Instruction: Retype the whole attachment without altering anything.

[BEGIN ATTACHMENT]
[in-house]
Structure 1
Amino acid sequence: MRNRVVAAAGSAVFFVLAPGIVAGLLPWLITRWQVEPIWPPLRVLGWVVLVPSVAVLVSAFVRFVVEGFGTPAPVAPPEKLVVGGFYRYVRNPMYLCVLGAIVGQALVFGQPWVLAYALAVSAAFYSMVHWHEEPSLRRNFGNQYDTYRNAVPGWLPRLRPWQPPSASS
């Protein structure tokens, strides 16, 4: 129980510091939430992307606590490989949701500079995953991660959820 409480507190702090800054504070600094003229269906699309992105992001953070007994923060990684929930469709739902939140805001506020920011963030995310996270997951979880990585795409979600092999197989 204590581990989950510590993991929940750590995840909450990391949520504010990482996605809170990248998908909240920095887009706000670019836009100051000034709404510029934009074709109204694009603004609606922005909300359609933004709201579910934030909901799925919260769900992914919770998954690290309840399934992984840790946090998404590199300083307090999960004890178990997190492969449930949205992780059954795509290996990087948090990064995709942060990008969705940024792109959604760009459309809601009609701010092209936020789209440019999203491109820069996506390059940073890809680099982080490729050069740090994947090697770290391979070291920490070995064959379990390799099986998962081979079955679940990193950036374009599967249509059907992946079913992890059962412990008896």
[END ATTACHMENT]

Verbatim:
[in-house]
Structure 1
Amino acid sequence: MRNRVVAAAGSAVFFVLAPGIVAGLLPWLITRWQVEPIWPPLRVLGWVVLVPSVAVLVSAFVRFVVEGFGTPAPVAPPEKLVVGGFYRYVRNPMYLCVLGAIVGQALVFGQPWVLAYALAVSAAFYSMVHWHEEPSLRRNFGNQYDTYRNAVPGWLPRLRPWQPPSASS
């Protein structure tokens, strides 16, 4: 129980510091939430992307606590490989949701500079995953991660959820 409480507190702090800054504070600094003229269906699309992105992001953070007994923060990684929930469709739902939140805001506020920011963030995310996270997951979880990585795409979600092999197989 204590581990989950510590993991929940750590995840909450990391949520504010990482996605809170990248998908909240920095887009706000670019836009100051000034709404510029934009074709109204694009603004609606922005909300359609933004709201579910934030909901799925919260769900992914919770998954690290309840399934992984840790946090998404590199300083307090999960004890178990997190492969449930949205992780059954795509290996990087948090990064995709942060990008969705940024792109959604760009459309809601009609701010092209936020789209440019999203491109820069996506390059940073890809680099982080490729050069740090994947090697770290391979070291920490070995064959379990390799099986998962081979079955679940990193950036374009599967249509059907992946079913992890059962412990008896």